For those who employ temporary foreign workers (TFWs), April Fools Day 2015 is no laughing matter—as it carries with it a deadline four years in coming.

On April 1, 2011, Citizenship and Immigration Canada (CIC) officially capped how long a temporary foreign worker (TFW) could work in Canada at one time to four years. With this “4-in, 4-out” regulation, a foreign national could only work for four years on a work permit; and then leave Canada for at least another four years before being eligible to apply for a subsequent term.

The first group of TFWs will experience this “4-in, 4-out” rule starting April 1, 2015.   The intention of this regulation was to encourage TFWs to either apply for permanent resident (PR) status or leave Canada when their status expired—thereby maintaining the integrity around genuine temporary status.

This type of cap is black and white, but the employers and workers who need the TFW programs come in in every hue.  There are just as many truly temporary TFWs as those who change their minds or use the temporary route as a transitional pathway to permanent residence.  There are also many situations where someone is trying to qualify or complete their permanent resident application while in the country but encounter unexpected hurdles or disruptions.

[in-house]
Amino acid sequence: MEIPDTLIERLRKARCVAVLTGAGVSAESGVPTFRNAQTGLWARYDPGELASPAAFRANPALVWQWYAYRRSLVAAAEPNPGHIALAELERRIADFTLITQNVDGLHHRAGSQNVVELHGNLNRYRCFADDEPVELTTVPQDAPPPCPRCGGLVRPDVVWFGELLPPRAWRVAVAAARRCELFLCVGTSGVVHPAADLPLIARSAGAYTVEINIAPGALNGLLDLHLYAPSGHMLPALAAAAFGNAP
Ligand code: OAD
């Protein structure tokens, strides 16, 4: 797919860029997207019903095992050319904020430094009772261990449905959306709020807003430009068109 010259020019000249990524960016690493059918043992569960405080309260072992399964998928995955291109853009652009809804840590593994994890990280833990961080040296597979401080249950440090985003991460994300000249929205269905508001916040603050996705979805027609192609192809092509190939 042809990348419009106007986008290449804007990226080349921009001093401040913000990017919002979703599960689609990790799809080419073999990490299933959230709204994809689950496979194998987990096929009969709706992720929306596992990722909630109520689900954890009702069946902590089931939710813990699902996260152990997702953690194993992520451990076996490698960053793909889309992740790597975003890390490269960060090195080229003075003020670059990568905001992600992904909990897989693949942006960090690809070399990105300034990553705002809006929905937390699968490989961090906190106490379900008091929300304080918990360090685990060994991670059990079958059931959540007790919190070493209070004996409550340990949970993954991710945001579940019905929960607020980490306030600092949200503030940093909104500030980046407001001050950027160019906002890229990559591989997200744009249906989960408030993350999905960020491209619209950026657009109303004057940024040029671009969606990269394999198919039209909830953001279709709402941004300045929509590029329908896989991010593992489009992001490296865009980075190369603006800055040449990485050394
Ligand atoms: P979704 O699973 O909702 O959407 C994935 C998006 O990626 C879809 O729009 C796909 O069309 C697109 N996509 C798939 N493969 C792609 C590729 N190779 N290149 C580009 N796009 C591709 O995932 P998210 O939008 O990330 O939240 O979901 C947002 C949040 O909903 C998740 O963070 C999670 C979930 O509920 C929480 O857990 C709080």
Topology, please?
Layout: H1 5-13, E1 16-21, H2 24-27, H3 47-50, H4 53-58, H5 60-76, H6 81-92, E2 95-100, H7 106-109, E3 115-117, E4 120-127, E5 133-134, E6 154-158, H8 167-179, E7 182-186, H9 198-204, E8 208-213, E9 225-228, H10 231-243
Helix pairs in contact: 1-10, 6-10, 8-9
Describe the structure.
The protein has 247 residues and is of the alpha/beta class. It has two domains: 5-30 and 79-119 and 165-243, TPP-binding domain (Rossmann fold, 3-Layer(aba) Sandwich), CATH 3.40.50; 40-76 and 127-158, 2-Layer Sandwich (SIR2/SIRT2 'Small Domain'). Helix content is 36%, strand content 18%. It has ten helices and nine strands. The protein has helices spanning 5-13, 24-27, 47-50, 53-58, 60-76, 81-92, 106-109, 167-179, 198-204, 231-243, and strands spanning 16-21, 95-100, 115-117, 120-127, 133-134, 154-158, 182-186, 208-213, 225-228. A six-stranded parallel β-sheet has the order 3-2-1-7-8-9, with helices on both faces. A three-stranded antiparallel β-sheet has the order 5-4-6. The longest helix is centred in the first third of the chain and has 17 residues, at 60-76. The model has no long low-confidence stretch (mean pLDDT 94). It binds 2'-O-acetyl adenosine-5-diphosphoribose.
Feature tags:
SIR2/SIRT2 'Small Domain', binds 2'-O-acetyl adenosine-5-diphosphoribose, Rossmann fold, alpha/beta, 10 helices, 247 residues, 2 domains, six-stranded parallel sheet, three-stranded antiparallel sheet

Although the rationale of a TFW being temporary makes sense, the processing times for immigration is making this much more difficult than the decision makers would have expected in 2011.  Unfortunately, there is no mechanism for flexibility.  The rules and regulations have changed significantly, not only in the last four years but in the last four months.  The fall-out will be interesting as the Express Entry (EE) program, which came into effect on January 1, 2015, has hindered a lot of qualified PR applicants.  Many of these skilled TFWs who have been living and working in Canada haven’t been able to get an Invitation to Apply (ITA) for PR – the pre-qualification required for the EE online system.

While there aren’t very many work around solutions available at the moment—as the TFWs who are caught up in this were likely not eligible for the exemptions to this cap to begin with—let’s hope Canadian government introduces reasonable bridging alternatives as with some of their other programs.  Whether it is an interim period or the start of more reform dialogue, what is needed are workable solutions for immigration which address the greater business needs in the Canadian economy.